Klimafestivalen § 112, “The Climate Festival”, is a national mobilization around Norway’s constitution article 112. From 11th January to 2nd February 2020, the festival gathered environmental initiatives, organisations and individuals in cities across Norway to run events that showcase the valuable work they do all throughout the year. At Impact Hub Bergen, we hosted a number of events designed to inspire, connect and enable people to take entrepreneurial action for the environment.
17. – 19. January: Would you like some TEA? “Toolbox for Environmental Action”
Over the weekend a team of experienced trainers from the Klimafestivalen § 112 team delivered 9 different sessions to give participants the tools to lead an environmental initiative. Sessions included “How to communicate the climate crisis”and “How to successfully run a flat organisation”. Participants also reflected on questions like “Will the climate crisis affect us equally?” and “What kind of actions have real impact?”. The group concluded that there are no straight or easy answers to some of these questions, but that critical thinking is a key tool to be able to take action effectively, inclusively and responsibly. On the final day of the training, teams were tasked with the challenge of planning and proposing their own ‘environmental initiative’.
22. February: Bærekraftig mat i Norge i dag (Sustainable Food in Norway Today)
Associate Professor and UNESCO Chair on Sustainable Heritage and Environmental Management Inger Elisabeth Måren gave an engaging lecture on sustainable agriculture and the consequences of agriculture for climate, environment, consumption and economy. The lecture was followed by a discussion between guests and the lecturer about which solutions are best for climate, health and farmers’ working conditions. It was concluded that it is difficult to find straight answers on what the most sustainable type of food is in Norway today, because there are so many different ways of measuring the impact of our food systems.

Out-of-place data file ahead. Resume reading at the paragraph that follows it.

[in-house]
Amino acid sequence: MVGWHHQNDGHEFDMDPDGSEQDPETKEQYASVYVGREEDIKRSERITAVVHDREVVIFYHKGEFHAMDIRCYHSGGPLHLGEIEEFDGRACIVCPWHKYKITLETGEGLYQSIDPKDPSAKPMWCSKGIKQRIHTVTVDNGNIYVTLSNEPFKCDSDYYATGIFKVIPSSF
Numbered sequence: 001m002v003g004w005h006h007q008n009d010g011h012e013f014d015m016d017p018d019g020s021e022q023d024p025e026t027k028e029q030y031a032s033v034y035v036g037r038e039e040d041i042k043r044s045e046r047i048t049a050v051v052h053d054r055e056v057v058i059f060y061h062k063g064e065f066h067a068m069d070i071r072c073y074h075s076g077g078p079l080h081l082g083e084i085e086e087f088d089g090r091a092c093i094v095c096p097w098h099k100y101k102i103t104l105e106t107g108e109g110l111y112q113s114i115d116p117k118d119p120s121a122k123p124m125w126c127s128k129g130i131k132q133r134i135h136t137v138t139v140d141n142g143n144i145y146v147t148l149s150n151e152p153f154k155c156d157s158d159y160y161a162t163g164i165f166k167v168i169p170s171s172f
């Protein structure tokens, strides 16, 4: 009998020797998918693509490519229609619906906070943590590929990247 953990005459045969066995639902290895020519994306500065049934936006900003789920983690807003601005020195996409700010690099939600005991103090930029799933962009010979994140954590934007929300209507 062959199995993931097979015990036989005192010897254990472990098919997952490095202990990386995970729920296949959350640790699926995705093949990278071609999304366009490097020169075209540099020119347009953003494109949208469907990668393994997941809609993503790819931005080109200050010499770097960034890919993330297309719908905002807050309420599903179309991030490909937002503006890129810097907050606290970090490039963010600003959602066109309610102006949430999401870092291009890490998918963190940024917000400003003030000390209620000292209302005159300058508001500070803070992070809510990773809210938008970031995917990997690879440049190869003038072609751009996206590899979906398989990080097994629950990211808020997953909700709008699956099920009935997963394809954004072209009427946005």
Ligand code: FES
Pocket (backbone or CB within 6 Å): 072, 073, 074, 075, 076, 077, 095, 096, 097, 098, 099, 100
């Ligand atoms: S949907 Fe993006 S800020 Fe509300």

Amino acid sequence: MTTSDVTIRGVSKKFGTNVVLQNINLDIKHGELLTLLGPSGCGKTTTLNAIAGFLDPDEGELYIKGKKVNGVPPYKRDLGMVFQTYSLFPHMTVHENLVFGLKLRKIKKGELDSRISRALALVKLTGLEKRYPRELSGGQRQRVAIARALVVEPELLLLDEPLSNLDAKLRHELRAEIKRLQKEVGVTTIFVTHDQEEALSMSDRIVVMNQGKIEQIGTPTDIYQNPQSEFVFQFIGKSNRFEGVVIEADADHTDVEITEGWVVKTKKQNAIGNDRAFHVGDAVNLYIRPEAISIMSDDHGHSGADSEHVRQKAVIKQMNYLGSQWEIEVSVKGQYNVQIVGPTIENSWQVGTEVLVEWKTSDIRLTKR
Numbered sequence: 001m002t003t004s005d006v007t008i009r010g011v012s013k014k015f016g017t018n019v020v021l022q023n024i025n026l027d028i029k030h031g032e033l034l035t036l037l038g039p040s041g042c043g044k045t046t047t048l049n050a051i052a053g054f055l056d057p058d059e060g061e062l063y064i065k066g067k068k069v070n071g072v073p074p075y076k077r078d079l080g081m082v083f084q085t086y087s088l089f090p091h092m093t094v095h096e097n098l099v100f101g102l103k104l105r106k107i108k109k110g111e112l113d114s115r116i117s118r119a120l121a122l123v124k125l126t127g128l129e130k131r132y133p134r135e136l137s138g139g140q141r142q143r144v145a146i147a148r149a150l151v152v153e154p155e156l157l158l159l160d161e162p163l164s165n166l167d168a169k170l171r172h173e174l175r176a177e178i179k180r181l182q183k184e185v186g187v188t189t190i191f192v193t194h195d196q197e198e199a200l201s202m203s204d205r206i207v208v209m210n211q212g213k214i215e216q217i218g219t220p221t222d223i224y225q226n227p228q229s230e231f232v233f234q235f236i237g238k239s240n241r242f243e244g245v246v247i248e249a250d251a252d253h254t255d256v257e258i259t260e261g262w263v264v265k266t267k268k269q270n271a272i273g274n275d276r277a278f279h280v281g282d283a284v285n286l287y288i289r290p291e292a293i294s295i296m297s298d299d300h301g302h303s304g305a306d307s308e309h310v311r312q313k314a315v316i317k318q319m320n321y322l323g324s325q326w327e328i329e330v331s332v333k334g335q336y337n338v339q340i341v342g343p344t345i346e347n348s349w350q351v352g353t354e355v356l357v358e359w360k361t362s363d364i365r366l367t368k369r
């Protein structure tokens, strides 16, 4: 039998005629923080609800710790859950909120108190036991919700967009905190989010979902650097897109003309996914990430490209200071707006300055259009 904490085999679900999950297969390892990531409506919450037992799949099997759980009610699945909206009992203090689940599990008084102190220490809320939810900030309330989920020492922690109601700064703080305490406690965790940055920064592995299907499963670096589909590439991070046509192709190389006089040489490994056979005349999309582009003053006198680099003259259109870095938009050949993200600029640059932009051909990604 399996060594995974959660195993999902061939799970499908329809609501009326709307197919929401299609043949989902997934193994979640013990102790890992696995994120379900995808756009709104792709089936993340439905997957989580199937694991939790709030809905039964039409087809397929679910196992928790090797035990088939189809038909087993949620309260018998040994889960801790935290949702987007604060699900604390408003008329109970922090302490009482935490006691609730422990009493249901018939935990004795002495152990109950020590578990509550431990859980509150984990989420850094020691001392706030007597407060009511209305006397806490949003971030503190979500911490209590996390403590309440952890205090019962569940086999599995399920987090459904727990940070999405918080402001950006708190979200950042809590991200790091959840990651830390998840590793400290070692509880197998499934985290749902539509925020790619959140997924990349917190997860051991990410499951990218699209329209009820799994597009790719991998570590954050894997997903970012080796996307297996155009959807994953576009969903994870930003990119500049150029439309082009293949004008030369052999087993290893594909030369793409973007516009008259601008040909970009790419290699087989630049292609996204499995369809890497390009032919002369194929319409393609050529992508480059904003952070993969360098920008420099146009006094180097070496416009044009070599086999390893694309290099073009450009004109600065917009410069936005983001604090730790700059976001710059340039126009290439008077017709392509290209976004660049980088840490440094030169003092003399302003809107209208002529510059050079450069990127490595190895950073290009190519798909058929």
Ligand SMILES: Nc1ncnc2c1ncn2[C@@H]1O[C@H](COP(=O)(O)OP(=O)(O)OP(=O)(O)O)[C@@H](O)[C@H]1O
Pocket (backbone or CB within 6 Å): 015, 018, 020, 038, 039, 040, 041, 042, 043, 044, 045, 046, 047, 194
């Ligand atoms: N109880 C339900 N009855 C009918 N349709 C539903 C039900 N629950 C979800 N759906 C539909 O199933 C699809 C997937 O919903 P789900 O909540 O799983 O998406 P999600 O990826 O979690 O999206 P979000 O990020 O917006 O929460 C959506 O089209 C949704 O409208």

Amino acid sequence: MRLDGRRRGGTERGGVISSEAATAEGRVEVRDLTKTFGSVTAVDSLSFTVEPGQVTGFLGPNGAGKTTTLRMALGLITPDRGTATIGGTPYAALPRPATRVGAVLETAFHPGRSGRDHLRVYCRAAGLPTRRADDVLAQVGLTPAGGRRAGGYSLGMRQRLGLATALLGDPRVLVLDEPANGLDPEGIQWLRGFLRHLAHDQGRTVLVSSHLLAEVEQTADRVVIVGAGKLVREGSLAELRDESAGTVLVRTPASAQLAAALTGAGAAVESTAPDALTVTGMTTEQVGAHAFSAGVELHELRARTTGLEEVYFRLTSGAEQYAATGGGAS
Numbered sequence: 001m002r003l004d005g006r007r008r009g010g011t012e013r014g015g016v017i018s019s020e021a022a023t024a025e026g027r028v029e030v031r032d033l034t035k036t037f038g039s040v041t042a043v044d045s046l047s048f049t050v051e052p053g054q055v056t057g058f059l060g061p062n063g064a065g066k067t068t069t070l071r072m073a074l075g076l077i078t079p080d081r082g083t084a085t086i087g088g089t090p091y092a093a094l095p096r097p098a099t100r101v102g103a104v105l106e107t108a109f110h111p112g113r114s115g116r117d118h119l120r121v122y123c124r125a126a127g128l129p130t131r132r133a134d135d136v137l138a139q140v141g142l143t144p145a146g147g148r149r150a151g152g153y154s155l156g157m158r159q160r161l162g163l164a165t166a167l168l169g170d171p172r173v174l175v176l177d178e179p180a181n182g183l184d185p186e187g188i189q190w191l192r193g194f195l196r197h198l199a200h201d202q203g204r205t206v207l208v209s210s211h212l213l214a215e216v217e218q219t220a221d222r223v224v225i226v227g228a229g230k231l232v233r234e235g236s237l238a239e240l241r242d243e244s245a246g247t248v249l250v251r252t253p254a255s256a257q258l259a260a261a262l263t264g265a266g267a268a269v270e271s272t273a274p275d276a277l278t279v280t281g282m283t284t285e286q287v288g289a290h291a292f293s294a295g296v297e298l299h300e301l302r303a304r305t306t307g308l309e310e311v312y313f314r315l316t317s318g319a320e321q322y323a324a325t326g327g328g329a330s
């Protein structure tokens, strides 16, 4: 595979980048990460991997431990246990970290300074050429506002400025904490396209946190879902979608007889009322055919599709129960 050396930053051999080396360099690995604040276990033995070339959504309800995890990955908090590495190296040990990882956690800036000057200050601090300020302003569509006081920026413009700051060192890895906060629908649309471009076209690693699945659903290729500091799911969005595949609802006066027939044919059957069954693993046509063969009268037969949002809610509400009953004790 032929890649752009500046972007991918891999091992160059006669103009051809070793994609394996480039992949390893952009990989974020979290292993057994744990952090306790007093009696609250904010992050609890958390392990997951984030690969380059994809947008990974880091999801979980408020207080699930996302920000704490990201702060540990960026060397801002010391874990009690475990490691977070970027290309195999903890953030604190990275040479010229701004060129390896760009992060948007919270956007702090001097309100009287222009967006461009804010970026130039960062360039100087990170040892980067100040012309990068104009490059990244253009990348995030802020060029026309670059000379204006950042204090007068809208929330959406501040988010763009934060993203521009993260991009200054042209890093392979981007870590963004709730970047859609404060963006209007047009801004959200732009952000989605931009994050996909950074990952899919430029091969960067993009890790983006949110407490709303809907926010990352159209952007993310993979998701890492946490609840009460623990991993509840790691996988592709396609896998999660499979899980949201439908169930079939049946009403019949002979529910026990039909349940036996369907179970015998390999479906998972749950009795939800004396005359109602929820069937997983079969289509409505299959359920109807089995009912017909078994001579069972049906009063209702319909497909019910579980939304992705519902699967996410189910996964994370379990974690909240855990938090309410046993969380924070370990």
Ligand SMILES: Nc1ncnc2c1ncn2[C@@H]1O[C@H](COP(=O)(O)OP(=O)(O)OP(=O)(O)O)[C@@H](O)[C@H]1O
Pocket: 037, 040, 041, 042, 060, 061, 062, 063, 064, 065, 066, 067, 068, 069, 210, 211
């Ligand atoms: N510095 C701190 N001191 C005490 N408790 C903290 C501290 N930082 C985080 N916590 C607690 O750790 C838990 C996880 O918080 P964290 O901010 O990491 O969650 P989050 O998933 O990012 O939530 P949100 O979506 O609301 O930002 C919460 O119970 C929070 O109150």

24. January: Klimaskog – skaper det flere problemer enn det løser? (Planting forests for carbon reduction – does it cause more problems than it solves?)
Conservation biologist Kirstin Flynn Steinsvåg from Miljøfaglig Utredning gave insight on the advantages and disadvantages of planting forests for carbon balancing initiatives. Kristin opened the session with a very important question: “Can we solve the climate crisis and the biodiversity crisis at the same time?”
There are often conflicting interests between biodiversity conservation, climate-protection measures, and economic interests, which could favour faster-growing non-native species at the cost of local tree species. With regards to CO2 reduction, it does not matter what species of tree and where they are planted, in terms of growth, light and soil. From a biodiversity perspective, however, when planting forests for carbon-balancing it is crucial to take into account the conservation and protection of native species. Kirstin stressed the importance of the precautionary principle when planting climate forests so as not to endanger local species.
31. January: Fra student til fulltidsaktivist (From Student to Full-Time Activist)
Young climate activists and social media bloggers Amalia-Louise Miniggio and Inger-Johanne Jørstad explained their lifestyles and gave tips for how we each as individuals can reduce our impact on the environment.
We hope that these events provided plenty of inspiration, practical tools and connections to be a positive force in the climate movement!